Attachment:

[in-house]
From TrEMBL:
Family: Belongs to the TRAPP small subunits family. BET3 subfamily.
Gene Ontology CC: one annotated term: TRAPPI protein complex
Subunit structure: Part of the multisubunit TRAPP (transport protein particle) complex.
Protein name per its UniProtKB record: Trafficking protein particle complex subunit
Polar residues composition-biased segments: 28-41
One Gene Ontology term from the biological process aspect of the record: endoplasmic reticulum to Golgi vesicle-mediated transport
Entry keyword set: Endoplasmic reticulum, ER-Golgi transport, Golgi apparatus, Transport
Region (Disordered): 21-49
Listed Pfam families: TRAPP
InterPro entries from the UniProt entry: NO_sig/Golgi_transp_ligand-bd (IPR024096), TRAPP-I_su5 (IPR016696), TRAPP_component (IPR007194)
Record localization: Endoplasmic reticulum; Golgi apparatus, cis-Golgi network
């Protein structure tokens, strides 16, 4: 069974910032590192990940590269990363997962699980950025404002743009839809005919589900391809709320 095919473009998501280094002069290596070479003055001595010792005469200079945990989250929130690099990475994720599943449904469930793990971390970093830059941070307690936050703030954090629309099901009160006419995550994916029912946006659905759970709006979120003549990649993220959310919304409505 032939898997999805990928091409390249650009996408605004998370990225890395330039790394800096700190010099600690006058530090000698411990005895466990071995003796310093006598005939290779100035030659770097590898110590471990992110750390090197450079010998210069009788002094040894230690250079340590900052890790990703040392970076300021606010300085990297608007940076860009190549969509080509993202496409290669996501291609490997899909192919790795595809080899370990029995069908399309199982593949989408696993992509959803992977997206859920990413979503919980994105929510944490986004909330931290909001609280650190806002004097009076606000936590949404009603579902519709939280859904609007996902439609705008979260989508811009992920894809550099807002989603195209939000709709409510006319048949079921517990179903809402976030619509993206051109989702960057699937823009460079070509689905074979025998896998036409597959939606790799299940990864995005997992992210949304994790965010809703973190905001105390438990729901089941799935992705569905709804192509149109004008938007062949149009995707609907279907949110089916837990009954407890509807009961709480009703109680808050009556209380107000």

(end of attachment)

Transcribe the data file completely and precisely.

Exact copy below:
[in-house]
From TrEMBL:
Family: Belongs to the TRAPP small subunits family. BET3 subfamily.
Gene Ontology CC: one annotated term: TRAPPI protein complex
Subunit structure: Part of the multisubunit TRAPP (transport protein particle) complex.
Protein name per its UniProtKB record: Trafficking protein particle complex subunit
Polar residues composition-biased segments: 28-41
One Gene Ontology term from the biological process aspect of the record: endoplasmic reticulum to Golgi vesicle-mediated transport
Entry keyword set: Endoplasmic reticulum, ER-Golgi transport, Golgi apparatus, Transport
Region (Disordered): 21-49
Listed Pfam families: TRAPP
InterPro entries from the UniProt entry: NO_sig/Golgi_transp_ligand-bd (IPR024096), TRAPP-I_su5 (IPR016696), TRAPP_component (IPR007194)
Record localization: Endoplasmic reticulum; Golgi apparatus, cis-Golgi network
């Protein structure tokens, strides 16, 4: 069974910032590192990940590269990363997962699980950025404002743009839809005919589900391809709320 095919473009998501280094002069290596070479003055001595010792005469200079945990989250929130690099990475994720599943449904469930793990971390970093830059941070307690936050703030954090629309099901009160006419995550994916029912946006659905759970709006979120003549990649993220959310919304409505 032939898997999805990928091409390249650009996408605004998370990225890395330039790394800096700190010099600690006058530090000698411990005895466990071995003796310093006598005939290779100035030659770097590898110590471990992110750390090197450079010998210069009788002094040894230690250079340590900052890790990703040392970076300021606010300085990297608007940076860009190549969509080509993202496409290669996501291609490997899909192919790795595809080899370990029995069908399309199982593949989408696993992509959803992977997206859920990413979503919980994105929510944490986004909330931290909001609280650190806002004097009076606000936590949404009603579902519709939280859904609007996902439609705008979260989508811009992920894809550099807002989603195209939000709709409510006319048949079921517990179903809402976030619509993206051109989702960057699937823009460079070509689905074979025998896998036409597959939606790799299940990864995005997992992210949304994790965010809703973190905001105390438990729901089941799935992705569905709804192509149109004008938007062949149009995707609907279907949110089916837990009954407890509807009961709480009703109680808050009556209380107000």